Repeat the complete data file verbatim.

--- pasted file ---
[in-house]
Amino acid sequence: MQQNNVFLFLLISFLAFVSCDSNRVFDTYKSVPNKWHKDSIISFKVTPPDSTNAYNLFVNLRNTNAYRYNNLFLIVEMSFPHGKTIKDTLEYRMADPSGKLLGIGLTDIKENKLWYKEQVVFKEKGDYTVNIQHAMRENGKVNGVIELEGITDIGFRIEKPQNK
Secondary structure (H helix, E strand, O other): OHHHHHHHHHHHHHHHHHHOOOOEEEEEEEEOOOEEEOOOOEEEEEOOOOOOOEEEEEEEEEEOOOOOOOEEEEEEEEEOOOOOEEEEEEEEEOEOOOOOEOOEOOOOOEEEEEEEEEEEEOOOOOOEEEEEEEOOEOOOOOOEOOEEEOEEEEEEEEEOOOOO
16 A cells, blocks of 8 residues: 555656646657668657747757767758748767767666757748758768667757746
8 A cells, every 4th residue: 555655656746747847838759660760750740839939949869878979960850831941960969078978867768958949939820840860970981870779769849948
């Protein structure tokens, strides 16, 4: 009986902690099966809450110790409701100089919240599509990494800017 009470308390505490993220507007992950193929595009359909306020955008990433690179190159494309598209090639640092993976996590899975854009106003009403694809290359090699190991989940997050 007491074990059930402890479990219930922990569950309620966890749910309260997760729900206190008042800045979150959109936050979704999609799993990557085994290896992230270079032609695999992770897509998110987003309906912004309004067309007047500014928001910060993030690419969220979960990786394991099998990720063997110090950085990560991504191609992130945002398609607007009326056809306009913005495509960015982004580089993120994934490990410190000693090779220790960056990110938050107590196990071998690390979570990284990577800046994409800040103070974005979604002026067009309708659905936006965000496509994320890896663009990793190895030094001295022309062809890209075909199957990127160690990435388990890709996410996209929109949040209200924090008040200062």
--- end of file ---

[in-house]
Amino acid sequence: MQQNNVFLFLLISFLAFVSCDSNRVFDTYKSVPNKWHKDSIISFKVTPPDSTNAYNLFVNLRNTNAYRYNNLFLIVEMSFPHGKTIKDTLEYRMADPSGKLLGIGLTDIKENKLWYKEQVVFKEKGDYTVNIQHAMRENGKVNGVIELEGITDIGFRIEKPQNK
Secondary structure (H helix, E strand, O other): OHHHHHHHHHHHHHHHHHHOOOOEEEEEEEEOOOEEEOOOOEEEEEOOOOOOOEEEEEEEEEEOOOOOOOEEEEEEEEEOOOOOEEEEEEEEEOEOOOOOEOOEOOOOOEEEEEEEEEEEEOOOOOOEEEEEEEOOEOOOOOOEOOEEEOEEEEEEEEEOOOOO
16 A cells, blocks of 8 residues: 555656646657668657747757767758748767767666757748758768667757746
8 A cells, every 4th residue: 555655656746747847838759660760750740839939949869878979960850831941960969078978867768958949939820840860970981870779769849948
């Protein structure tokens, strides 16, 4: 009986902690099966809450110790409701100089919240599509990494800017 009470308390505490993220507007992950193929595009359909306020955008990433690179190159494309598209090639640092993976996590899975854009106003009403694809290359090699190991989940997050 007491074990059930402890479990219930922990569950309620966890749910309260997760729900206190008042800045979150959109936050979704999609799993990557085994290896992230270079032609695999992770897509998110987003309906912004309004067309007047500014928001910060993030690419969220979960990786394991099998990720063997110090950085990560991504191609992130945002398609607007009326056809306009913005495509960015982004580089993120994934490990410190000693090779220790960056990110938050107590196990071998690390979570990284990577800046994409800040103070974005979604002026067009309708659905936006965000496509994320890896663009990793190895030094001295022309062809890209075909199957990127160690990435388990890709996410996209929109949040209200924090008040200062």